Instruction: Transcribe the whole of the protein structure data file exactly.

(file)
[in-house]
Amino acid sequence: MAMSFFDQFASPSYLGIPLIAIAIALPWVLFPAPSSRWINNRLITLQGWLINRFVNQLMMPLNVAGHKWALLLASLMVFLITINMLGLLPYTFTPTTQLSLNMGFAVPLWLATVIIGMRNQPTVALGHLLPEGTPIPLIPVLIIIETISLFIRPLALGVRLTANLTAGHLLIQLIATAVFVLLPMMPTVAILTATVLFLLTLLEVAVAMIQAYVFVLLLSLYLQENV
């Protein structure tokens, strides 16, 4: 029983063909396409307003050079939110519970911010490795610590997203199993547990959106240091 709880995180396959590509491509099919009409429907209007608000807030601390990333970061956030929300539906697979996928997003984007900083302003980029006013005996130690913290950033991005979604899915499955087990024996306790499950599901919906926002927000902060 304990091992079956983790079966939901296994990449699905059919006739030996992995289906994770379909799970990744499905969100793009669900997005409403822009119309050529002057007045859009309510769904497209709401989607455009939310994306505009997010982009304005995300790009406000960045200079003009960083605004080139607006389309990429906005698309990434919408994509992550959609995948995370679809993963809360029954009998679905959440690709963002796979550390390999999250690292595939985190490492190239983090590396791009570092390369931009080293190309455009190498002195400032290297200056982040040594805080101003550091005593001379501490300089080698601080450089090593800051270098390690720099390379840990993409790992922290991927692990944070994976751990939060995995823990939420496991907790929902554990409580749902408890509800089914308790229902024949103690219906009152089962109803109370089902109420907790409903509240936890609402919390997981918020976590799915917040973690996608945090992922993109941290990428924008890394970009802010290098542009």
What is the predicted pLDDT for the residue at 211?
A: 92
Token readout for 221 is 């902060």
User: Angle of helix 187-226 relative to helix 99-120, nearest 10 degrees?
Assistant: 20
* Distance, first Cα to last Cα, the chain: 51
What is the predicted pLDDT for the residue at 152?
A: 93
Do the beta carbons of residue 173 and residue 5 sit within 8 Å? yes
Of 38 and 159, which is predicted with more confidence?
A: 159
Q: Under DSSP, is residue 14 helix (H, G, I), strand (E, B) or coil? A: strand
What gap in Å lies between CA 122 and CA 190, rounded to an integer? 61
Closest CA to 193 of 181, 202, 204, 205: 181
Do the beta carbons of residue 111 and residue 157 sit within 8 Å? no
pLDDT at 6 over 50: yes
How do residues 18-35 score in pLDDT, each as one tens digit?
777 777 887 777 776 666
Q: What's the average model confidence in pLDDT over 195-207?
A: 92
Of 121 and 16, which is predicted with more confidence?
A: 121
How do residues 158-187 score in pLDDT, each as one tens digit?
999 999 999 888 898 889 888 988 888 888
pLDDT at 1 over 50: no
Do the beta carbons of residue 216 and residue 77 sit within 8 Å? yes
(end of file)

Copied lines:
[in-house]
Amino acid sequence: MAMSFFDQFASPSYLGIPLIAIAIALPWVLFPAPSSRWINNRLITLQGWLINRFVNQLMMPLNVAGHKWALLLASLMVFLITINMLGLLPYTFTPTTQLSLNMGFAVPLWLATVIIGMRNQPTVALGHLLPEGTPIPLIPVLIIIETISLFIRPLALGVRLTANLTAGHLLIQLIATAVFVLLPMMPTVAILTATVLFLLTLLEVAVAMIQAYVFVLLLSLYLQENV
């Protein structure tokens, strides 16, 4: 029983063909396409307003050079939110519970911010490795610590997203199993547990959106240091 709880995180396959590509491509099919009409429907209007608000807030601390990333970061956030929300539906697979996928997003984007900083302003980029006013005996130690913290950033991005979604899915499955087990024996306790499950599901919906926002927000902060 304990091992079956983790079966939901296994990449699905059919006739030996992995289906994770379909799970990744499905969100793009669900997005409403822009119309050529002057007045859009309510769904497209709401989607455009939310994306505009997010982009304005995300790009406000960045200079003009960083605004080139607006389309990429906005698309990434919408994509992550959609995948995370679809993963809360029954009998679905959440690709963002796979550390390999999250690292595939985190490492190239983090590396791009570092390369931009080293190309455009190498002195400032290297200056982040040594805080101003550091005593001379501490300089080698601080450089090593800051270098390690720099390379840990993409790992922290991927692990944070994976751990939060995995823990939420496991907790929902554990409580749902408890509800089914308790229902024949103690219906009152089962109803109370089902109420907790409903509240936890609402919390997981918020976590799915917040973690996608945090992922993109941290990428924008890394970009802010290098542009």
What is the predicted pLDDT for the residue at 211?
A: 92
Token readout for 221 is 């902060």
User: Angle of helix 187-226 relative to helix 99-120, nearest 10 degrees?
Assistant: 20
* Distance, first Cα to last Cα, the chain: 51
What is the predicted pLDDT for the residue at 152?
A: 93
Do the beta carbons of residue 173 and residue 5 sit within 8 Å? yes
Of 38 and 159, which is predicted with more confidence?
A: 159
Q: Under DSSP, is residue 14 helix (H, G, I), strand (E, B) or coil? A: strand
What gap in Å lies between CA 122 and CA 190, rounded to an integer? 61
Closest CA to 193 of 181, 202, 204, 205: 181
Do the beta carbons of residue 111 and residue 157 sit within 8 Å? no
pLDDT at 6 over 50: yes
How do residues 18-35 score in pLDDT, each as one tens digit?
777 777 887 777 776 666
Q: What's the average model confidence in pLDDT over 195-207?
A: 92
Of 121 and 16, which is predicted with more confidence?
A: 121
How do residues 158-187 score in pLDDT, each as one tens digit?
999 999 999 888 898 889 888 988 888 888
pLDDT at 1 over 50: no
Do the beta carbons of residue 216 and residue 77 sit within 8 Å? yes